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I know about some working dog evaluation tests, but they are for puppies (so far). Can anyone point me to an eval for a GSD from showline parents that might tell me something about the dog's suitability for Schutzhund?

I do know a helper who works with police dogs, and he could come with me, but he says up front that he knows almost nothing about Sch, and I know less than that. I'd like something to read first. I've been following Leerburg discussions for about 9 months now, and asking a few questions here, and watching the great training video clips, but all these dogs have been chosen as pups.

I'm talking about an 18-month-old who has had nothing but obedience.

Is is a case of, if I have to ask this, then I don't know enough to go look?

I can stand the truth! :D
 

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Discussion Starter · #2 ·
Connie Sutherland said:
I know about some working dog evaluation tests, but they are for puppies (so far). Can anyone point me to an eval for a GSD from showline parents that might tell me something about the dog's suitability for Schutzhund?

I do know a helper who works with police dogs, and he could come with me, but he says up front that he knows almost nothing about Sch, and I know less than that. I'd like something to read first. I've been following Leerburg discussions for about 9 months now, and asking a few questions here, and watching the great training video clips, but all these dogs have been chosen as pups.

I'm talking about an 18-month-old who has had nothing but obedience.

Is is a case of, if I have to ask this, then I don't know enough to go look?

I can stand the truth! :D
BTW, last September I had a similar chance, and it was a puppy, but my friend the helper suggested that I was not enough aware of how much was involved in special training.. He was correct, too. Now I am much more aware, and he has agreed to lend whatever guidance he can in the decision about the dog.
 

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IMHO, I think, in order to be a good sport dog,you need strong prey. Not so much with a dog for serious work. Then you need to see what, if any defence and natural aggression the dog has. It may or may not be ready at 18 months to test for this. If not, you could ruin the dog. Under a little pressure, does the dog stand and bark? Run behind the handler? Are the hackles up? that often signifies fear in the dog. Not always.
Reading a dogs prey, defence, fight, etc needs a lot of expierience. A misread can, at best mess up a dog. At worst, could create a serious monster.
Hopefull, some of the more informed folks here can give you better answers. :wink:
 

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Discussion Starter · #4 ·
Bob Scott said:
IMHO, I think, in order to be a good sport dog,you need strong prey. Not so much with a dog for serious work. Then you need to see what, if any defence and natural aggression the dog has. It may or may not be ready at 18 months to test for this. If not, you could ruin the dog. Under a little pressure, does the dog stand and bark? Run behind the handler? Are the hackles up? that often signifies fear in the dog. Not always.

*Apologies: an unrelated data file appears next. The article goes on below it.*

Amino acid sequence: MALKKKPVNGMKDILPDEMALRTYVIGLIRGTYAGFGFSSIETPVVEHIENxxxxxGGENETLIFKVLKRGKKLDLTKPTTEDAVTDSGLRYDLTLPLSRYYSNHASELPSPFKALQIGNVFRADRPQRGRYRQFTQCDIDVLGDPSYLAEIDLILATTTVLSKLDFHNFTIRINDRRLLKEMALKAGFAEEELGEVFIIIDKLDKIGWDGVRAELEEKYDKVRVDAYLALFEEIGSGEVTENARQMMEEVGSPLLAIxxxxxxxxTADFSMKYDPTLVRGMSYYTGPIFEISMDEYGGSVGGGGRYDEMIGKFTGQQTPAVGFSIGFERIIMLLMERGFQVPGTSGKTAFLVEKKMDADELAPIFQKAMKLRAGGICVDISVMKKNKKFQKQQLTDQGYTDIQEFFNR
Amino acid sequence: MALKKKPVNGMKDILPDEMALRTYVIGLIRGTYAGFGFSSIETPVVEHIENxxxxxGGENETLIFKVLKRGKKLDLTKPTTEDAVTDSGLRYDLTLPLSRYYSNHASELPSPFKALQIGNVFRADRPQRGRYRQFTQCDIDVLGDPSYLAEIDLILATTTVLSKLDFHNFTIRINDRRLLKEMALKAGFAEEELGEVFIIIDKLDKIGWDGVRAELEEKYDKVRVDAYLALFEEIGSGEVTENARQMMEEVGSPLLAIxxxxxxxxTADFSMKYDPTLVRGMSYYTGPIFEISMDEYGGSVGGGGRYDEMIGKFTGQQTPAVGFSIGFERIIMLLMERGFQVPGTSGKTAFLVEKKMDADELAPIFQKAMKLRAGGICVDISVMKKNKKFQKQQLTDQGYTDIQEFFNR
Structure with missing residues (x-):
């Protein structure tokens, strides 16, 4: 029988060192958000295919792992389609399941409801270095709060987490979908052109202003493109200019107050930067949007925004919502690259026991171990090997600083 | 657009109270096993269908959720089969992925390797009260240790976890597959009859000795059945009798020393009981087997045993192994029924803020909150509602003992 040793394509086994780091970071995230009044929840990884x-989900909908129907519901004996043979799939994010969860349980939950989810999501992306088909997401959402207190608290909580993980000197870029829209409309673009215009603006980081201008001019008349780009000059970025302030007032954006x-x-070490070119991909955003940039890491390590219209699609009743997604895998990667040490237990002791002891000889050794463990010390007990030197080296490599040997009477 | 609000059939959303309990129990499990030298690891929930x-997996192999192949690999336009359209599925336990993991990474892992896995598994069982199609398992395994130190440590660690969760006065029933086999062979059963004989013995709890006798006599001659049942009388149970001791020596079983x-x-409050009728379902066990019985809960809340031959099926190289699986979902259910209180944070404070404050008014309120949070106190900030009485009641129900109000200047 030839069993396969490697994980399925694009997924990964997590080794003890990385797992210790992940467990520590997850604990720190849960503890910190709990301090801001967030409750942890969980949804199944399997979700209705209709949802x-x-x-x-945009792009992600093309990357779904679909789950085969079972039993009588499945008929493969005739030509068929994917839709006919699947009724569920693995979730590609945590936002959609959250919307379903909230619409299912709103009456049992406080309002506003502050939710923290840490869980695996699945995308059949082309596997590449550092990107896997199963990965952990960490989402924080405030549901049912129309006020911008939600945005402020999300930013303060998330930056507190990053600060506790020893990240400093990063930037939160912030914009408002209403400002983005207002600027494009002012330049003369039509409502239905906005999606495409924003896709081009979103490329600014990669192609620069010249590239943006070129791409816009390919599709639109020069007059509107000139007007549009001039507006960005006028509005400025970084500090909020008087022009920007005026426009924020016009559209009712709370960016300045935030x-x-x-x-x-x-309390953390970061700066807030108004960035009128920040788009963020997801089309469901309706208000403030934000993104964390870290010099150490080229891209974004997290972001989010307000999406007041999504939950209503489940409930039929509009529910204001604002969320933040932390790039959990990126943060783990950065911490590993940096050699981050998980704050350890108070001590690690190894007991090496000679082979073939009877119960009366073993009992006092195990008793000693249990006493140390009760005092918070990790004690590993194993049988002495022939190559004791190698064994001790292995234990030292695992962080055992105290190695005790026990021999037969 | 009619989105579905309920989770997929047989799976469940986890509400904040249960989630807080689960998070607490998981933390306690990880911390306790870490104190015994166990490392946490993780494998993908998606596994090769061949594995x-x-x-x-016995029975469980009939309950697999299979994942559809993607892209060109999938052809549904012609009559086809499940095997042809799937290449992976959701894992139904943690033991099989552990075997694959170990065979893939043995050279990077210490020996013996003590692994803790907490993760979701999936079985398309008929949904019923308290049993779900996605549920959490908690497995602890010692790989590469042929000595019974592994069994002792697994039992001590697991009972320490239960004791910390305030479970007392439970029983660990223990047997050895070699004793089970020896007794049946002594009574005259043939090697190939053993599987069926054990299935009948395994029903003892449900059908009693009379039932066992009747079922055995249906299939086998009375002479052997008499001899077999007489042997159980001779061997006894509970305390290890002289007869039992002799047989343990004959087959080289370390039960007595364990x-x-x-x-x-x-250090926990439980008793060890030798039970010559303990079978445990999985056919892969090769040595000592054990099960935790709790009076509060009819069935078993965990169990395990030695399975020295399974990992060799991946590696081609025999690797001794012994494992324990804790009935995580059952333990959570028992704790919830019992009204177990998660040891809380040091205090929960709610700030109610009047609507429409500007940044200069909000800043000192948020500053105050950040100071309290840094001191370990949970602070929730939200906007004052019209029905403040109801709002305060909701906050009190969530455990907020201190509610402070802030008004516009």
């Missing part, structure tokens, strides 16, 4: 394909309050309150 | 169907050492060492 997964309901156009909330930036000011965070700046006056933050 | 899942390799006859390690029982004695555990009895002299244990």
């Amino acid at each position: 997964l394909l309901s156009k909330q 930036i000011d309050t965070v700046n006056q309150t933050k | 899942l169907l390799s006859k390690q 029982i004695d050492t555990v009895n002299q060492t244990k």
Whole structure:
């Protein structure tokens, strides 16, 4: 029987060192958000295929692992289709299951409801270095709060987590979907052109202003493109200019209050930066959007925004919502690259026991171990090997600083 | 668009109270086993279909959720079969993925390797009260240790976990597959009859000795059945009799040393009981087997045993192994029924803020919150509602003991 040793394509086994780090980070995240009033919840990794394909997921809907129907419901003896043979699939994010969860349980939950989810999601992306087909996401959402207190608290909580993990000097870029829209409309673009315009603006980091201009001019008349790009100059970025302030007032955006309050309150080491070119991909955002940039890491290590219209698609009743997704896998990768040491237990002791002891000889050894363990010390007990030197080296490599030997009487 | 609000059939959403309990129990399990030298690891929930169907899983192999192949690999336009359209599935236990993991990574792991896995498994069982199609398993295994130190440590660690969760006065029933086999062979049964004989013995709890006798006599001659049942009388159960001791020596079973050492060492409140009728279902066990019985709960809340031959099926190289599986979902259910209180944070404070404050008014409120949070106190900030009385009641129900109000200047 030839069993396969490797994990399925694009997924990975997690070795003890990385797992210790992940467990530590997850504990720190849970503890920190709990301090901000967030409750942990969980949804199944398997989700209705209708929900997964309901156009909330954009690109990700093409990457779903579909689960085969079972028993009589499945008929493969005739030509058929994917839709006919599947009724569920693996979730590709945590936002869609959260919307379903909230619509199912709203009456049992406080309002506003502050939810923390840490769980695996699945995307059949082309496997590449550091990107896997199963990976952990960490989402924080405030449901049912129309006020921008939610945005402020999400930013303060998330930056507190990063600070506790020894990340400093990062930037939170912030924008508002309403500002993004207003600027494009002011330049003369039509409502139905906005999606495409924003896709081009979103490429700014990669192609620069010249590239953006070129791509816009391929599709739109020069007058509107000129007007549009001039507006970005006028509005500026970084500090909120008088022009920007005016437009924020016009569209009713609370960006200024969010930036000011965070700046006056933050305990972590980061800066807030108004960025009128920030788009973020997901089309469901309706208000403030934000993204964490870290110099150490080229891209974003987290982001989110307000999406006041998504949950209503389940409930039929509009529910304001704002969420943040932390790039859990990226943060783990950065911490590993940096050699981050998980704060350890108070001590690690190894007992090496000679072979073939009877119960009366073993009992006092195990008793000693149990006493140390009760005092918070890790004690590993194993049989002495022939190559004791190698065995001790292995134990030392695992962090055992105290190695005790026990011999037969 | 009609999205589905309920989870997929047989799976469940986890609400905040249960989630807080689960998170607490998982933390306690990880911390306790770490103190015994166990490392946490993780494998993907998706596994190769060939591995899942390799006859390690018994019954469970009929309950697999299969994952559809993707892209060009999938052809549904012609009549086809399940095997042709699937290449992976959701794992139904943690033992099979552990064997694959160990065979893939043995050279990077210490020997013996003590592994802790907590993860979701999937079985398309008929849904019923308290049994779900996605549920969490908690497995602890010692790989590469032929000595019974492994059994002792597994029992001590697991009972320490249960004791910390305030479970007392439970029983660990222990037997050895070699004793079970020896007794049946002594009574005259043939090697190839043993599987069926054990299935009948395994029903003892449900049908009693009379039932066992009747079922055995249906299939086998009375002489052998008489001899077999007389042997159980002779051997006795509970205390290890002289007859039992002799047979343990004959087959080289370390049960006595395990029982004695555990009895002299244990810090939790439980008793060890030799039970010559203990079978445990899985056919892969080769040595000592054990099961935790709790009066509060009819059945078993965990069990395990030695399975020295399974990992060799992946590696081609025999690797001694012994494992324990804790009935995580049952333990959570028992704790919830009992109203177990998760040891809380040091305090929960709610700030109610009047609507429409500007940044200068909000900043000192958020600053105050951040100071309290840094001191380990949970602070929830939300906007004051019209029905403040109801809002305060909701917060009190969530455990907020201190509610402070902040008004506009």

Reading a dogs prey, defence, fight, etc needs a lot of expierience. A misread can, at best mess up a dog. At worst, could create a serious monster.
Hopefull, some of the more informed folks here can give you better answers. :wink:
This is exactly what I'm asking for. Thanks!

Anyone else?
 

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Hi Connie

You know how new I am, but I really like the criteria that was in Schutzhund: Theory and Training Methods. I'm in Boston right now so I don't have it in front of me. It seemed quite clear and in addition to Bob's stuff seemed to stress retrieving (indicative of willingness to please) and tendencies to get its nose on the ground.

That's what I remember, this probably sounds dumb, but the more I read about it and the more I \"see\" it in my own dog and other dogs I'm pretty high on retrieval as indicative of overall willingness to please in sport. You probably already know this!
 

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Discussion Starter · #6 ·
Woody Taylor said:
Hi Connie...You know how new I am, but I really like the criteria that was in Schutzhund: Theory and Training Methods. I'm in Boston right now so I don't have it in front of me. It seemed quite clear and in addition to Bob's stuff seemed to stress retrieving (indicative of willingness to please) and tendencies to get its nose on the ground....That's what I remember, this probably sounds dumb, but the more I read about it and the more I \"see\" it in my own dog and other dogs I'm pretty high on retrieval as indicative of overall willingness to please in sport. You probably already know this!
No, Woody, this too is EXACTLY what I am asking for. Thank you!
 

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Excellent point Woody! Even with AKC competition dogs, the willingness to retrieve is a huge indicator of the dogs willingness to work with a human as a partner.
 

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Bob Scott said: